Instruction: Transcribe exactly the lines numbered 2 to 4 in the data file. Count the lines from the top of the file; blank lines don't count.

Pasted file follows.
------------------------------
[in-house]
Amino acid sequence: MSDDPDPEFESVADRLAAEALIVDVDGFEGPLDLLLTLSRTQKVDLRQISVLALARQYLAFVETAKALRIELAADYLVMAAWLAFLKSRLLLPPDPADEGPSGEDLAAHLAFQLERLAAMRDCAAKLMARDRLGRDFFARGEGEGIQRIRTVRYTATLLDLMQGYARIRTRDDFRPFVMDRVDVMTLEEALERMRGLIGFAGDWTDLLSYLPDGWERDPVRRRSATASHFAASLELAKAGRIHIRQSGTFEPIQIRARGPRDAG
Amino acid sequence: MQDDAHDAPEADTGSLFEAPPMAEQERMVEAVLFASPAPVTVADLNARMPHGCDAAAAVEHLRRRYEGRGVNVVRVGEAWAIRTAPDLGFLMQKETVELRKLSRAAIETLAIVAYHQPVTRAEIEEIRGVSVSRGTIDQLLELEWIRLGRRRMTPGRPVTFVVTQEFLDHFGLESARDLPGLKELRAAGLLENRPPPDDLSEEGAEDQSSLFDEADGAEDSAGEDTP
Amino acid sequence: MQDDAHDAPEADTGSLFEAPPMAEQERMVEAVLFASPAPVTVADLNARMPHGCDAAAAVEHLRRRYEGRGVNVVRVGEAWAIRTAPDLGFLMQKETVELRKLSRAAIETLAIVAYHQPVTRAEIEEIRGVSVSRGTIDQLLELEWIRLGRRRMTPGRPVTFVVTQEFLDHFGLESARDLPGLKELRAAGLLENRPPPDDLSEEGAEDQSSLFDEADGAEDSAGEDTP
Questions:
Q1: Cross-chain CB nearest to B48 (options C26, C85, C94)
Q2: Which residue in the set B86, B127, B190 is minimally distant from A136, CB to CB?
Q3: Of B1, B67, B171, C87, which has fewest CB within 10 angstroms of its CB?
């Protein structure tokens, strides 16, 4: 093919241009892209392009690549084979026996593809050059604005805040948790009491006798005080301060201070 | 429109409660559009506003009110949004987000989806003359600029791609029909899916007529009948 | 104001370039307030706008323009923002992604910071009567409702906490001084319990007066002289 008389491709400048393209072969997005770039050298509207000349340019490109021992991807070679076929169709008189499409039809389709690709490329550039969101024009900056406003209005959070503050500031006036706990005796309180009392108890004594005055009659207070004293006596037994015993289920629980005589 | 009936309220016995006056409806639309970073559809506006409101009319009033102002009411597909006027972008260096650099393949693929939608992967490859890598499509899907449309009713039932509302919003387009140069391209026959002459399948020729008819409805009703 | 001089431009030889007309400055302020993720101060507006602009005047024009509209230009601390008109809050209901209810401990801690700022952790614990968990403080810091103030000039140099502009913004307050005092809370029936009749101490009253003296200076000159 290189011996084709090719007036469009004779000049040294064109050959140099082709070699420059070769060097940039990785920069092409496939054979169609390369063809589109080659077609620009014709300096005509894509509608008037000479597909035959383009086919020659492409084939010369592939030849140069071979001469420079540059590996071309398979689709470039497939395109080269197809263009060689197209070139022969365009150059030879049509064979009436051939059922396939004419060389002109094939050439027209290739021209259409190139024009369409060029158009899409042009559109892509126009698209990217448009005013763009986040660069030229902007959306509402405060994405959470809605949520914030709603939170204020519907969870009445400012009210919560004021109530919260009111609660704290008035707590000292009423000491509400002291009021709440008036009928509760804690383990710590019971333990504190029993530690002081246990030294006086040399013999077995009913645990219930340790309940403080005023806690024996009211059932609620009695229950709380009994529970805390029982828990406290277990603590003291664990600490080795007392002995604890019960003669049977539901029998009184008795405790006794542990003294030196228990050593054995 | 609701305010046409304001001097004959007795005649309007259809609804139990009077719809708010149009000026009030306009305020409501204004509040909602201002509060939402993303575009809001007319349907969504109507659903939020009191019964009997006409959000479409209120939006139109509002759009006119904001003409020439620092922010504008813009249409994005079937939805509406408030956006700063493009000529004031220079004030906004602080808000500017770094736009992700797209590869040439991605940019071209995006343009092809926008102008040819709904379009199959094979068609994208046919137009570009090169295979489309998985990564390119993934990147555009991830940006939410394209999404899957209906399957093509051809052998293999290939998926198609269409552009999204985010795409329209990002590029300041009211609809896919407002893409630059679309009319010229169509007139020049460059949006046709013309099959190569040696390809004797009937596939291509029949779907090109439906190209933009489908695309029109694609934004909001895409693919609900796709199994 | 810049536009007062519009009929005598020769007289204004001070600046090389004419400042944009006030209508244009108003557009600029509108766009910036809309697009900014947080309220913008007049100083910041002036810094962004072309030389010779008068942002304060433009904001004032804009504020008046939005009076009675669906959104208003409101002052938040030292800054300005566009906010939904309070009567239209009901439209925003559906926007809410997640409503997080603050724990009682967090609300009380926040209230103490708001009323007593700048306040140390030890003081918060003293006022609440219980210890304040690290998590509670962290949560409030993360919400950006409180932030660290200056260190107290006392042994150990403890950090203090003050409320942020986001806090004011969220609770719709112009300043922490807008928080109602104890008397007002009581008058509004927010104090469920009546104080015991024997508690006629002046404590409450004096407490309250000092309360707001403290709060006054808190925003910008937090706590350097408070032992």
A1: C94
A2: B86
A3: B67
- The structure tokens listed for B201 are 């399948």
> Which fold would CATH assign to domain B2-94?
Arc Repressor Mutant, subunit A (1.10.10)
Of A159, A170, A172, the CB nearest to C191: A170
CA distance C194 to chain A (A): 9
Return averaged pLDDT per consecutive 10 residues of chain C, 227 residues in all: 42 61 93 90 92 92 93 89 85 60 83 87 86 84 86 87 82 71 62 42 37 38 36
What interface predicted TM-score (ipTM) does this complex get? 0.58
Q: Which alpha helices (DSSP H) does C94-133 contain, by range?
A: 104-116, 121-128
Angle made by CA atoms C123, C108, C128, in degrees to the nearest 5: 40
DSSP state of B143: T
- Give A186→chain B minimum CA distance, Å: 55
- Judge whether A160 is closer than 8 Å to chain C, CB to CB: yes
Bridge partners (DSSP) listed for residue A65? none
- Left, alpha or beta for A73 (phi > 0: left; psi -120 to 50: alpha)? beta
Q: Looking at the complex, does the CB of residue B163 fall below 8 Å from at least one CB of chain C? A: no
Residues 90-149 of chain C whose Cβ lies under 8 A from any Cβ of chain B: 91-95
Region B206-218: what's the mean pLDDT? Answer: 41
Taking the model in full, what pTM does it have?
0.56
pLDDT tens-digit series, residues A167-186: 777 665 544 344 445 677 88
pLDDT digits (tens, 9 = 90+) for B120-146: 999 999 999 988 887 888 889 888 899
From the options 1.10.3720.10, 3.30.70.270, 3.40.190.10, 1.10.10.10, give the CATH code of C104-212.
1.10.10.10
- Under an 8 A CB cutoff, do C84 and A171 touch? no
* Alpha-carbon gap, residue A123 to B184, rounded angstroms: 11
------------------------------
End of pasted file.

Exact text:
Amino acid sequence: MSDDPDPEFESVADRLAAEALIVDVDGFEGPLDLLLTLSRTQKVDLRQISVLALARQYLAFVETAKALRIELAADYLVMAAWLAFLKSRLLLPPDPADEGPSGEDLAAHLAFQLERLAAMRDCAAKLMARDRLGRDFFARGEGEGIQRIRTVRYTATLLDLMQGYARIRTRDDFRPFVMDRVDVMTLEEALERMRGLIGFAGDWTDLLSYLPDGWERDPVRRRSATASHFAASLELAKAGRIHIRQSGTFEPIQIRARGPRDAG
Amino acid sequence: MQDDAHDAPEADTGSLFEAPPMAEQERMVEAVLFASPAPVTVADLNARMPHGCDAAAAVEHLRRRYEGRGVNVVRVGEAWAIRTAPDLGFLMQKETVELRKLSRAAIETLAIVAYHQPVTRAEIEEIRGVSVSRGTIDQLLELEWIRLGRRRMTPGRPVTFVVTQEFLDHFGLESARDLPGLKELRAAGLLENRPPPDDLSEEGAEDQSSLFDEADGAEDSAGEDTP
Amino acid sequence: MQDDAHDAPEADTGSLFEAPPMAEQERMVEAVLFASPAPVTVADLNARMPHGCDAAAAVEHLRRRYEGRGVNVVRVGEAWAIRTAPDLGFLMQKETVELRKLSRAAIETLAIVAYHQPVTRAEIEEIRGVSVSRGTIDQLLELEWIRLGRRRMTPGRPVTFVVTQEFLDHFGLESARDLPGLKELRAAGLLENRPPPDDLSEEGAEDQSSLFDEADGAEDSAGEDTP